From December 26th through December 31st, Daily Grindhouse is celebrating the rapid approach of 2020 with a look at films taking place during New Year’s Eve. So read on about some of our favorite movies that ring in January 1st with…
Early in STRANGE DAYS, a minor character pulls a gun on slimy but charismatic black-marketer Lenny Nero (Ralph Fiennes) to quickly settle an argument. “Two million years of human evolution, and that’s the best idea you can come up with?” Nero asks. Considering the film’s overly convoluted plot tinged with neo-noir and heavy doses of paranoia about the upcoming millennium is wrapped up with two men engaged in a gun and knife fight, a couple of psychotic dirty cops shooting innocent bystanders, and a truly good person getting beaten down with police batons, director Kathryn Bigelow and screenwriters James Cameron and Jay Cocks provide a blunt, dispirited answer: no, we can’t come up with a better idea. Welcome to the end of 1999 as seen from the mid-’90s.
A messy collision of filmmakers with strong voices, talented actors that the studio system couldn’t figure out what to do with, and a simultaneous embrace and rejection of big budget, high-concept action/sci-fi plotting, STRANGE DAYS is an utter mess of a movie. But it is a fascinating mess with big ideas bubbling under its cynical, yet slick surface.
Despite a decent critical response and Cameron’s clout as co-writer and producer, it’s no wonder distributor 20th Century Fox lost faith in it, allowing it to tank at the box office. To be fair to the studio, it’s a movie that does feel a little dangerous. From the perspective of 2019 rolling into 2020, that dangerous edge is what allows STRANGE DAYS to hold up well in its vision of a human race unable to evolve as fast as the technology that it produces.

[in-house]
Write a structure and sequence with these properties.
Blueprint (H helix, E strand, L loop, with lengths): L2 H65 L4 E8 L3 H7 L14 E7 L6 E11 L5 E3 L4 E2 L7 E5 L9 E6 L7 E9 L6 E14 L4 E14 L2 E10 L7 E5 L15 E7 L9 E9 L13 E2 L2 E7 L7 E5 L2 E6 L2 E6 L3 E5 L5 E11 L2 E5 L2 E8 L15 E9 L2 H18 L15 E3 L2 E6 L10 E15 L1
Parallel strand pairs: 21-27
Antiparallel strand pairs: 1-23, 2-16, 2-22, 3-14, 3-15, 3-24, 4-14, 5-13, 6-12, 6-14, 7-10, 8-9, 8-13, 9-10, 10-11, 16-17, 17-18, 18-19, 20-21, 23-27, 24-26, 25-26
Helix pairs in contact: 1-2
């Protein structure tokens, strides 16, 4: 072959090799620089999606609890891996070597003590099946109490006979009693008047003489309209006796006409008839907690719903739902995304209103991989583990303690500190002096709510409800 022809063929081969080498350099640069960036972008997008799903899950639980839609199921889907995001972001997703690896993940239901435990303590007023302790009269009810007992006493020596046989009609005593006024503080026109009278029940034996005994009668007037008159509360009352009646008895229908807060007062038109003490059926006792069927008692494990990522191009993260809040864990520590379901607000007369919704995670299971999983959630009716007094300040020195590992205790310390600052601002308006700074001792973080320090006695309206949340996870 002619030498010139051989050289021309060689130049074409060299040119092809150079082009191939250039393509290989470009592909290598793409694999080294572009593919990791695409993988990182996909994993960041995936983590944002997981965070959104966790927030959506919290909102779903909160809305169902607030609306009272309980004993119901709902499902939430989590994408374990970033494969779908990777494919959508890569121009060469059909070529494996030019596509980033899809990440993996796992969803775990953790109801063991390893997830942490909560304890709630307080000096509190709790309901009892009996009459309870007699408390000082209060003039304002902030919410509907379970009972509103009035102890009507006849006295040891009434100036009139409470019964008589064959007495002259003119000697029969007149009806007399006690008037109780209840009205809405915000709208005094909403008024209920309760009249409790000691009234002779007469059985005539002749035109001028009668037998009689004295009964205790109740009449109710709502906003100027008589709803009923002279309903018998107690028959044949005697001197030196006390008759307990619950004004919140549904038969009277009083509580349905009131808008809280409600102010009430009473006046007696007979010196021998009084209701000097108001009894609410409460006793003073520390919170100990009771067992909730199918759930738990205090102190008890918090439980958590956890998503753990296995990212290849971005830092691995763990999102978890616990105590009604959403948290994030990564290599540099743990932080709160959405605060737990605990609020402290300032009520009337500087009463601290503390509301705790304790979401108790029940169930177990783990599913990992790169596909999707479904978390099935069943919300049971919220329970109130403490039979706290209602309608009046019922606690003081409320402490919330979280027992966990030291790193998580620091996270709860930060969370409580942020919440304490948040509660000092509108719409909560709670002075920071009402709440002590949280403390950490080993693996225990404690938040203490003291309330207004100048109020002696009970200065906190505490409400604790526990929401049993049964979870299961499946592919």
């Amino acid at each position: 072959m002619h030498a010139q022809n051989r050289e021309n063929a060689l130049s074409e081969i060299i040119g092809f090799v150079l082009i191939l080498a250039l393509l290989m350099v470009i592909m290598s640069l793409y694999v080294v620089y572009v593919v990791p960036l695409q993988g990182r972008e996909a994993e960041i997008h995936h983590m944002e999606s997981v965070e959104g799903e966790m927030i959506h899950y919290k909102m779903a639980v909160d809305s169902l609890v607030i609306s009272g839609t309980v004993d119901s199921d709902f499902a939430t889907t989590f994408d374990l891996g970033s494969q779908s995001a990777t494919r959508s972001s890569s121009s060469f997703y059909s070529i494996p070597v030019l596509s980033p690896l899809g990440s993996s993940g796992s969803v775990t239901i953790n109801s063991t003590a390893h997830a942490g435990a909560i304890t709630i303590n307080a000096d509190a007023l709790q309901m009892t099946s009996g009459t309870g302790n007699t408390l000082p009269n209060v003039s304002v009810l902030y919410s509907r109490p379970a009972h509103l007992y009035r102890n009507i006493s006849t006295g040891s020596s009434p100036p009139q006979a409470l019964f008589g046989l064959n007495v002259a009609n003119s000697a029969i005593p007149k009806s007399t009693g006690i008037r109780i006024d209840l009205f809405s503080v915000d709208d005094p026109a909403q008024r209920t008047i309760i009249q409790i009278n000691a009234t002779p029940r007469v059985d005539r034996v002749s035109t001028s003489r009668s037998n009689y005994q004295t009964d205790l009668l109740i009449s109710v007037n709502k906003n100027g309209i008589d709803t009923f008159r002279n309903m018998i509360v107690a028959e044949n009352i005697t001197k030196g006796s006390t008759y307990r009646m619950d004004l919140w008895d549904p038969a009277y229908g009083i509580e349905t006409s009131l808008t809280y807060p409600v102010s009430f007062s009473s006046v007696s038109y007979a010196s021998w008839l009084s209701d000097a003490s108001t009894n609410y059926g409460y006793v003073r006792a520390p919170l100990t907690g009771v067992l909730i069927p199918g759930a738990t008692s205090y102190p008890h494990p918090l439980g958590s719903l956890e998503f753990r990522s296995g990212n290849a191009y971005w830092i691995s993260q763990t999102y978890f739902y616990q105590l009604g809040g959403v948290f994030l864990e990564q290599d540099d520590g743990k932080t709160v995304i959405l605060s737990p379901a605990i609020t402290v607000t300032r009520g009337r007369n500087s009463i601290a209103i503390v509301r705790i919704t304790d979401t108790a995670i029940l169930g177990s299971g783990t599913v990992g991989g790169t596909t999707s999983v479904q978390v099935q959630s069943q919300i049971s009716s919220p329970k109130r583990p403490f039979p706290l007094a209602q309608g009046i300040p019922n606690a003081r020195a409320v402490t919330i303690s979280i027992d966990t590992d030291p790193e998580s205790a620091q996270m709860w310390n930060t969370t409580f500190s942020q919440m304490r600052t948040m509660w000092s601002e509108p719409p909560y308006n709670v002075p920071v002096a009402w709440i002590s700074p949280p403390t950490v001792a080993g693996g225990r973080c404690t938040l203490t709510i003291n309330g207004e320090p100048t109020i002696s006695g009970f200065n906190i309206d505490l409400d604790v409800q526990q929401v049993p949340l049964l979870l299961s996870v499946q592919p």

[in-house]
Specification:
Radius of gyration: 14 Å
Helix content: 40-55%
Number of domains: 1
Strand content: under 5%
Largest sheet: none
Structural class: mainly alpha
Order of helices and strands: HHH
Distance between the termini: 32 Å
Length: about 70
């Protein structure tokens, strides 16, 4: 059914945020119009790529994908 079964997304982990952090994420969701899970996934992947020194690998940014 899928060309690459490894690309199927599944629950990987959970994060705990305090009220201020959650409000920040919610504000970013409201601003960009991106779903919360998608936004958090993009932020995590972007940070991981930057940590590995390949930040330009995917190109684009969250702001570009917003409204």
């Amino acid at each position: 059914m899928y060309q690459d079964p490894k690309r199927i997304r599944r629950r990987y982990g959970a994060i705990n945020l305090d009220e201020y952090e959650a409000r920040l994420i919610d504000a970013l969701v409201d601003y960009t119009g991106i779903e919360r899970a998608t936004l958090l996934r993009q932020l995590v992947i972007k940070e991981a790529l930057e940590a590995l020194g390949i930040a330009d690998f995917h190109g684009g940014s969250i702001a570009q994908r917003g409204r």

The film starts on December 30, 1999 and follows Lenny as he buys and sells memories recorded in first person POV by people using recording devices they wear on the tops of their heads. These memories can range from custom made (not surprisingly, sex and violence are big sellers) to actual private moments or criminal exploits that make their way into circulation (once again, sex and violence being favorites). Since the people who “playback” the experiences can become addicted if they “jack in” too often (the future tech slang here is not exactly inspired), the practice has been made illegal and Lenny—a former cop fired for unknown reasons—is seen as nothing more than a low-rent drug dealer by his best friend (and conscience) “Mace” Mason (Angela Bassett).
Despite her tough love method of trying to keep Lenny on something resembling the straight-and-narrow not paying much in the way of dividends, Mace sticks by him as he stumbles into a conspiracy to find and destroy a playback that shows the murder of a popular, politically-minded rapper (Glenn Plummer) by two patrol cops (Vincent D’Onofrio, William Fichtner). Given that Bigelow’s vision of Los Angeles in 1999 is one that never recovered from the riots in the wake of the acquittal of the police officers who beat Rodney King to a pulp, the violent clip has the potential to send the city up in flames if it goes public.